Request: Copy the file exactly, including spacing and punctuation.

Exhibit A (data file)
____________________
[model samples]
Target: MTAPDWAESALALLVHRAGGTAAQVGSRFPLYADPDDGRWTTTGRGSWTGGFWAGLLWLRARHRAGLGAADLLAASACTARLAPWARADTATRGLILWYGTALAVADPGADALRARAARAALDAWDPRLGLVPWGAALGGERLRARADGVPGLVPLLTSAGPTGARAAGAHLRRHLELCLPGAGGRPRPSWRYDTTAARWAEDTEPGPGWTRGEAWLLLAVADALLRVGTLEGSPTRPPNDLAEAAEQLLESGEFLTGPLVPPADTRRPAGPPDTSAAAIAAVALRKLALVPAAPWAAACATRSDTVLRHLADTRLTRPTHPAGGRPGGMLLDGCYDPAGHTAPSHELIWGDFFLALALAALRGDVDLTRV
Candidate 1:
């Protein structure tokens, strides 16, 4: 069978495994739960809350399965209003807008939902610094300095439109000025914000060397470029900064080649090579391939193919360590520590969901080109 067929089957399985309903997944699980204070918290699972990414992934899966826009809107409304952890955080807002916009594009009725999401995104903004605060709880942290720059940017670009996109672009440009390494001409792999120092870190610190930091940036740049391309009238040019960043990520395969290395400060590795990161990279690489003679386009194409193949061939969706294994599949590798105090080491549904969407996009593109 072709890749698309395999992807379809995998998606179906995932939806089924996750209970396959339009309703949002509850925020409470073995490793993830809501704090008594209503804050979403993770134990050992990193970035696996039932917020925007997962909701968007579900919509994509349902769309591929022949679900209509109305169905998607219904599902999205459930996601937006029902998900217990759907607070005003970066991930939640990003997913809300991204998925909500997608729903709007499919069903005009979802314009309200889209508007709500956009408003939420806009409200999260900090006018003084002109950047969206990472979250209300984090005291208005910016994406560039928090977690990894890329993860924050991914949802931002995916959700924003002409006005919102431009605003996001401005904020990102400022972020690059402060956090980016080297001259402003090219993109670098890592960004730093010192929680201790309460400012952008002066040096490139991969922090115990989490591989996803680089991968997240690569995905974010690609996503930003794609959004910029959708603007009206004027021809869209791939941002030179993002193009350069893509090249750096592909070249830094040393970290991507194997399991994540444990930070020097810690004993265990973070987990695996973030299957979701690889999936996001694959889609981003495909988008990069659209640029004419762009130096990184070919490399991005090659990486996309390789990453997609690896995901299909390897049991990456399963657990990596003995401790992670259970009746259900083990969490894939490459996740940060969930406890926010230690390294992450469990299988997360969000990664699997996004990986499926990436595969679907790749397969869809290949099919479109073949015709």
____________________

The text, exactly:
[model samples]
Target: MTAPDWAESALALLVHRAGGTAAQVGSRFPLYADPDDGRWTTTGRGSWTGGFWAGLLWLRARHRAGLGAADLLAASACTARLAPWARADTATRGLILWYGTALAVADPGADALRARAARAALDAWDPRLGLVPWGAALGGERLRARADGVPGLVPLLTSAGPTGARAAGAHLRRHLELCLPGAGGRPRPSWRYDTTAARWAEDTEPGPGWTRGEAWLLLAVADALLRVGTLEGSPTRPPNDLAEAAEQLLESGEFLTGPLVPPADTRRPAGPPDTSAAAIAAVALRKLALVPAAPWAAACATRSDTVLRHLADTRLTRPTHPAGGRPGGMLLDGCYDPAGHTAPSHELIWGDFFLALALAALRGDVDLTRV
Candidate 1:
């Protein structure tokens, strides 16, 4: 069978495994739960809350399965209003807008939902610094300095439109000025914000060397470029900064080649090579391939193919360590520590969901080109 067929089957399985309903997944699980204070918290699972990414992934899966826009809107409304952890955080807002916009594009009725999401995104903004605060709880942290720059940017670009996109672009440009390494001409792999120092870190610190930091940036740049391309009238040019960043990520395969290395400060590795990161990279690489003679386009194409193949061939969706294994599949590798105090080491549904969407996009593109 072709890749698309395999992807379809995998998606179906995932939806089924996750209970396959339009309703949002509850925020409470073995490793993830809501704090008594209503804050979403993770134990050992990193970035696996039932917020925007997962909701968007579900919509994509349902769309591929022949679900209509109305169905998607219904599902999205459930996601937006029902998900217990759907607070005003970066991930939640990003997913809300991204998925909500997608729903709007499919069903005009979802314009309200889209508007709500956009408003939420806009409200999260900090006018003084002109950047969206990472979250209300984090005291208005910016994406560039928090977690990894890329993860924050991914949802931002995916959700924003002409006005919102431009605003996001401005904020990102400022972020690059402060956090980016080297001259402003090219993109670098890592960004730093010192929680201790309460400012952008002066040096490139991969922090115990989490591989996803680089991968997240690569995905974010690609996503930003794609959004910029959708603007009206004027021809869209791939941002030179993002193009350069893509090249750096592909070249830094040393970290991507194997399991994540444990930070020097810690004993265990973070987990695996973030299957979701690889999936996001694959889609981003495909988008990069659209640029004419762009130096990184070919490399991005090659990486996309390789990453997609690896995901299909390897049991990456399963657990990596003995401790992670259970009746259900083990969490894939490459996740940060969930406890926010230690390294992450469990299988997360969000990664699997996004990986499926990436595969679907790749397969869809290949099919479109073949015709």